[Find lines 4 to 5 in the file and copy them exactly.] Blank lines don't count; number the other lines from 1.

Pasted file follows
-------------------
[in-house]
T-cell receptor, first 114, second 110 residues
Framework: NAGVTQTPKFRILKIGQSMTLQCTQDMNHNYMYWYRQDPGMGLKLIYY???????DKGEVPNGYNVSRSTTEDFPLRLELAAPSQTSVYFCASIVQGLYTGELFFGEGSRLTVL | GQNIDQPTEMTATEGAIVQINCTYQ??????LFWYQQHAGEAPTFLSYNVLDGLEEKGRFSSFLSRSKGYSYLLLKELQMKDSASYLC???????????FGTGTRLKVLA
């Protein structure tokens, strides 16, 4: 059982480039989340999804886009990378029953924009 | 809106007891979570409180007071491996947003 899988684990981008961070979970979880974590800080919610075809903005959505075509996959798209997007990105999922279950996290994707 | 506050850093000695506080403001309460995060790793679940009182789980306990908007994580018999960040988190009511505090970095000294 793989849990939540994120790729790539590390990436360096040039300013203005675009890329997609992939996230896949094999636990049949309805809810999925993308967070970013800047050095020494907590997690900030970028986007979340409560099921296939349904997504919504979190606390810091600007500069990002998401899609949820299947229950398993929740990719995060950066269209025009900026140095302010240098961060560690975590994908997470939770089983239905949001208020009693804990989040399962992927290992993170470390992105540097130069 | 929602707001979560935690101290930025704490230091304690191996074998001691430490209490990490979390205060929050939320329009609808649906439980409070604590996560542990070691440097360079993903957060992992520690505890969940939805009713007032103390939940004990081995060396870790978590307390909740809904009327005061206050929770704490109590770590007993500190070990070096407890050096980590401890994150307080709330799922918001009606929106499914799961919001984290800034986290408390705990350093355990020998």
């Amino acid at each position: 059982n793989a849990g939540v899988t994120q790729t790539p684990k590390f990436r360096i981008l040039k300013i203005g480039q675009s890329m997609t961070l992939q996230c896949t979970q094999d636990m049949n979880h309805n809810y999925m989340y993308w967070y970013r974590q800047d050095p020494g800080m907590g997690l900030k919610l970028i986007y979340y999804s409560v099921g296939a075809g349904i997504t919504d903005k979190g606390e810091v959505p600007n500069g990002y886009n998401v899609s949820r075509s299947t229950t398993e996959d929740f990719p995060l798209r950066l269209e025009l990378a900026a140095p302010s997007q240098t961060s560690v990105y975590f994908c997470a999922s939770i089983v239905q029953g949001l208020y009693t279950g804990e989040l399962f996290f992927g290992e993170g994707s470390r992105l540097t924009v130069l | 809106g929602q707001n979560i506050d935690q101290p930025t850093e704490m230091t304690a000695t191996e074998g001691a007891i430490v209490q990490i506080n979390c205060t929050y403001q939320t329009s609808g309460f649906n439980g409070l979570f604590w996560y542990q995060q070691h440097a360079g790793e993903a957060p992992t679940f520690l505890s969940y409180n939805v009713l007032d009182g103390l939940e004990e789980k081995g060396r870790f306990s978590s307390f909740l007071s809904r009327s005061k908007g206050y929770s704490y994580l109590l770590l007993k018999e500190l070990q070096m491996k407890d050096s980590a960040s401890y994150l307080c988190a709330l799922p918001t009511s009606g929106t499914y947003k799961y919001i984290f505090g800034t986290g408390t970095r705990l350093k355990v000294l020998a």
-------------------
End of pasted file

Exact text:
């Protein structure tokens, strides 16, 4: 059982480039989340999804886009990378029953924009 | 809106007891979570409180007071491996947003 899988684990981008961070979970979880974590800080919610075809903005959505075509996959798209997007990105999922279950996290994707 | 506050850093000695506080403001309460995060790793679940009182789980306990908007994580018999960040988190009511505090970095000294 793989849990939540994120790729790539590390990436360096040039300013203005675009890329997609992939996230896949094999636990049949309805809810999925993308967070970013800047050095020494907590997690900030970028986007979340409560099921296939349904997504919504979190606390810091600007500069990002998401899609949820299947229950398993929740990719995060950066269209025009900026140095302010240098961060560690975590994908997470939770089983239905949001208020009693804990989040399962992927290992993170470390992105540097130069 | 929602707001979560935690101290930025704490230091304690191996074998001691430490209490990490979390205060929050939320329009609808649906439980409070604590996560542990070691440097360079993903957060992992520690505890969940939805009713007032103390939940004990081995060396870790978590307390909740809904009327005061206050929770704490109590770590007993500190070990070096407890050096980590401890994150307080709330799922918001009606929106499914799961919001984290800034986290408390705990350093355990020998």
């Amino acid at each position: 059982n793989a849990g939540v899988t994120q790729t790539p684990k590390f990436r360096i981008l040039k300013i203005g480039q675009s890329m997609t961070l992939q996230c896949t979970q094999d636990m049949n979880h309805n809810y999925m989340y993308w967070y970013r974590q800047d050095p020494g800080m907590g997690l900030k919610l970028i986007y979340y999804s409560v099921g296939a075809g349904i997504t919504d903005k979190g606390e810091v959505p600007n500069g990002y886009n998401v899609s949820r075509s299947t229950t398993e996959d929740f990719p995060l798209r950066l269209e025009l990378a900026a140095p302010s997007q240098t961060s560690v990105y975590f994908c997470a999922s939770i089983v239905q029953g949001l208020y009693t279950g804990e989040l399962f996290f992927g290992e993170g994707s470390r992105l540097t924009v130069l | 809106g929602q707001n979560i506050d935690q101290p930025t850093e704490m230091t304690a000695t191996e074998g001691a007891i430490v209490q990490i506080n979390c205060t929050y403001q939320t329009s609808g309460f649906n439980g409070l979570f604590w996560y542990q995060q070691h440097a360079g790793e993903a957060p992992t679940f520690l505890s969940y409180n939805v009713l007032d009182g103390l939940e004990e789980k081995g060396r870790f306990s978590s307390f909740l007071s809904r009327s005061k908007g206050y929770s704490y994580l109590l770590l007993k018999e500190l070990q070096m491996k407890d050096s980590a960040s401890y994150l307080c988190a709330l799922p918001t009511s009606g929106t499914y947003k799961y919001i984290f505090g800034t986290g408390t970095r705990l350093k355990v000294l020998a």